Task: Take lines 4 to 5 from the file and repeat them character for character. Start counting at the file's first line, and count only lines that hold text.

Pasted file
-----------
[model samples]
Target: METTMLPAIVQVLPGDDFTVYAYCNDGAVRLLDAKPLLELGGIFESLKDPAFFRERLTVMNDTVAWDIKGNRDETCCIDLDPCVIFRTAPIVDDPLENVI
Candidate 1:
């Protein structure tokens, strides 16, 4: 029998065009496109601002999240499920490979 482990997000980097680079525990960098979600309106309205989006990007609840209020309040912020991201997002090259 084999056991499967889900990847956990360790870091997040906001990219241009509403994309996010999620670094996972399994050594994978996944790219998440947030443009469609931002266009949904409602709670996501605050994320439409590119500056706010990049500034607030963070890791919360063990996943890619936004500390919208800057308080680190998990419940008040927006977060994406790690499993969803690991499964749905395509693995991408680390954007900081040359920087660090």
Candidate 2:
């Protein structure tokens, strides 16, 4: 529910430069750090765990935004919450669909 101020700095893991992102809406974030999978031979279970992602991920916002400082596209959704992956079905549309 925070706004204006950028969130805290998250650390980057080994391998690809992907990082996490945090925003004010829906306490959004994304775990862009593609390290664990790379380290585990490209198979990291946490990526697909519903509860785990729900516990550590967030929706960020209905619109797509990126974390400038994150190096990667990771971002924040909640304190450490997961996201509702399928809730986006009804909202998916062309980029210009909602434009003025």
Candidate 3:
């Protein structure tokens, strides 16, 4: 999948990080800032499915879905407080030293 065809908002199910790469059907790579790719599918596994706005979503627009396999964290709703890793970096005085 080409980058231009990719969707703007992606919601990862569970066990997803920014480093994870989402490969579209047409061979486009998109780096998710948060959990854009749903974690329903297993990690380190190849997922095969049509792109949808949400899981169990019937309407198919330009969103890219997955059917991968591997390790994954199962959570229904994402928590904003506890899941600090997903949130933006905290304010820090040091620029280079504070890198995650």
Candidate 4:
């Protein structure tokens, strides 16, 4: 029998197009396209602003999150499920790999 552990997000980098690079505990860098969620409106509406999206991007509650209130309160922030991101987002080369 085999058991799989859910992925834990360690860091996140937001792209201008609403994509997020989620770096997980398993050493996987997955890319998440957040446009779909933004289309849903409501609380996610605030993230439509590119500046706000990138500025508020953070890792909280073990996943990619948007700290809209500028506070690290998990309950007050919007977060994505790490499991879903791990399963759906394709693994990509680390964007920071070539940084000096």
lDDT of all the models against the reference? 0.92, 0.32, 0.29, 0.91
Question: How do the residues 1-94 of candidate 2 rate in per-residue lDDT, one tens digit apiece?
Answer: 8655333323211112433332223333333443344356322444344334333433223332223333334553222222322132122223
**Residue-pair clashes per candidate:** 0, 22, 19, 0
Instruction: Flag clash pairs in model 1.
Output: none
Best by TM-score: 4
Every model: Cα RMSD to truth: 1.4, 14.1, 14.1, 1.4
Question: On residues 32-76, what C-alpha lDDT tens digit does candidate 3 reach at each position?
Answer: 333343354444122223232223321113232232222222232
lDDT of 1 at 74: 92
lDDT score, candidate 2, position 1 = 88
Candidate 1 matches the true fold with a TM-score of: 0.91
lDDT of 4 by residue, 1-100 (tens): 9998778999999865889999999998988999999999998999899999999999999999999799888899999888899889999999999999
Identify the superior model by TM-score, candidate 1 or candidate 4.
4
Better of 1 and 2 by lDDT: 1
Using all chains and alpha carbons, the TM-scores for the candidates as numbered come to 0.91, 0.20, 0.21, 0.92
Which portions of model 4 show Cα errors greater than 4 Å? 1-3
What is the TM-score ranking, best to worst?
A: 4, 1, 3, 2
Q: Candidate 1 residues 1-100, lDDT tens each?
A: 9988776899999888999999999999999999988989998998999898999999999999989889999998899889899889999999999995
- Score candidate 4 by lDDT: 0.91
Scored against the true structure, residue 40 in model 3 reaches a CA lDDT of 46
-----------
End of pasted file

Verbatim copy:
């Protein structure tokens, strides 16, 4: 029998065009496109601002999240499920490979 482990997000980097680079525990960098979600309106309205989006990007609840209020309040912020991201997002090259 084999056991499967889900990847956990360790870091997040906001990219241009509403994309996010999620670094996972399994050594994978996944790219998440947030443009469609931002266009949904409602709670996501605050994320439409590119500056706010990049500034607030963070890791919360063990996943890619936004500390919208800057308080680190998990419940008040927006977060994406790690499993969803690991499964749905395509693995991408680390954007900081040359920087660090």
Candidate 2: